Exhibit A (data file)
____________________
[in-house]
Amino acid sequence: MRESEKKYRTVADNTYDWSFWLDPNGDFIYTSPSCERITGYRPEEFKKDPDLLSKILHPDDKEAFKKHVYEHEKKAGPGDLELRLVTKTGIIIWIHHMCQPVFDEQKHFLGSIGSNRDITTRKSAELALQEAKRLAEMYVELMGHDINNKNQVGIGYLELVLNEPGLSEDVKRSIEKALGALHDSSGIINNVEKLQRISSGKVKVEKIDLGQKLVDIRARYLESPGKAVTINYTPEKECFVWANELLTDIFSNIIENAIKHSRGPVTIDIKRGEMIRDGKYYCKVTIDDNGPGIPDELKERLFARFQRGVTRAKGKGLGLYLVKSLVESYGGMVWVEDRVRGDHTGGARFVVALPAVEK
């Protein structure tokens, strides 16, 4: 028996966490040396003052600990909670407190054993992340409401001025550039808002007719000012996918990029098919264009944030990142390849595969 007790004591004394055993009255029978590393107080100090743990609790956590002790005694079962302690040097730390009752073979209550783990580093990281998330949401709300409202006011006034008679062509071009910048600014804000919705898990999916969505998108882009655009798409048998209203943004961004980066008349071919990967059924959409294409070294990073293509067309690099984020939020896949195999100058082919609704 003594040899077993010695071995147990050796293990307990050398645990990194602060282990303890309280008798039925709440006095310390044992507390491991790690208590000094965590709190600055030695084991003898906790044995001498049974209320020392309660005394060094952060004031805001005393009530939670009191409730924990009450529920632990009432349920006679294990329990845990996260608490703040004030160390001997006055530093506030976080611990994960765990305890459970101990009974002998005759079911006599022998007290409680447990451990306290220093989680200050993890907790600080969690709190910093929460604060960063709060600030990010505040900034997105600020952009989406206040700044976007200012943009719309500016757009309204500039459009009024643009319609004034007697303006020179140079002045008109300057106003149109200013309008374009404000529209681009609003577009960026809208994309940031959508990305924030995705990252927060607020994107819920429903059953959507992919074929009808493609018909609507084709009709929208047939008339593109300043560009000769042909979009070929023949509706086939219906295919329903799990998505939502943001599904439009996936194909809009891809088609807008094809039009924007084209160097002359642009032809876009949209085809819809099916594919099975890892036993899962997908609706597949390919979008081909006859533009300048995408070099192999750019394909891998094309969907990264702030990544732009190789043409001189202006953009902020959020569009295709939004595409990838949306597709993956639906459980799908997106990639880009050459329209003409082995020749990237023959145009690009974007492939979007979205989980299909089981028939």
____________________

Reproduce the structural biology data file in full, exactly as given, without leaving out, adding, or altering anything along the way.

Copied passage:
[in-house]
Amino acid sequence: MRESEKKYRTVADNTYDWSFWLDPNGDFIYTSPSCERITGYRPEEFKKDPDLLSKILHPDDKEAFKKHVYEHEKKAGPGDLELRLVTKTGIIIWIHHMCQPVFDEQKHFLGSIGSNRDITTRKSAELALQEAKRLAEMYVELMGHDINNKNQVGIGYLELVLNEPGLSEDVKRSIEKALGALHDSSGIINNVEKLQRISSGKVKVEKIDLGQKLVDIRARYLESPGKAVTINYTPEKECFVWANELLTDIFSNIIENAIKHSRGPVTIDIKRGEMIRDGKYYCKVTIDDNGPGIPDELKERLFARFQRGVTRAKGKGLGLYLVKSLVESYGGMVWVEDRVRGDHTGGARFVVALPAVEK
């Protein structure tokens, strides 16, 4: 028996966490040396003052600990909670407190054993992340409401001025550039808002007719000012996918990029098919264009944030990142390849595969 007790004591004394055993009255029978590393107080100090743990609790956590002790005694079962302690040097730390009752073979209550783990580093990281998330949401709300409202006011006034008679062509071009910048600014804000919705898990999916969505998108882009655009798409048998209203943004961004980066008349071919990967059924959409294409070294990073293509067309690099984020939020896949195999100058082919609704 003594040899077993010695071995147990050796293990307990050398645990990194602060282990303890309280008798039925709440006095310390044992507390491991790690208590000094965590709190600055030695084991003898906790044995001498049974209320020392309660005394060094952060004031805001005393009530939670009191409730924990009450529920632990009432349920006679294990329990845990996260608490703040004030160390001997006055530093506030976080611990994960765990305890459970101990009974002998005759079911006599022998007290409680447990451990306290220093989680200050993890907790600080969690709190910093929460604060960063709060600030990010505040900034997105600020952009989406206040700044976007200012943009719309500016757009309204500039459009009024643009319609004034007697303006020179140079002045008109300057106003149109200013309008374009404000529209681009609003577009960026809208994309940031959508990305924030995705990252927060607020994107819920429903059953959507992919074929009808493609018909609507084709009709929208047939008339593109300043560009000769042909979009070929023949509706086939219906295919329903799990998505939502943001599904439009996936194909809009891809088609807008094809039009924007084209160097002359642009032809876009949209085809819809099916594919099975890892036993899962997908609706597949390919979008081909006859533009300048995408070099192999750019394909891998094309969907990264702030990544732009190789043409001189202006953009902020959020569009295709939004595409990838949306597709993956639906459980799908997106990639880009050459329209003409082995020749990237023959145009690009974007492939979007979205989980299909089981028939």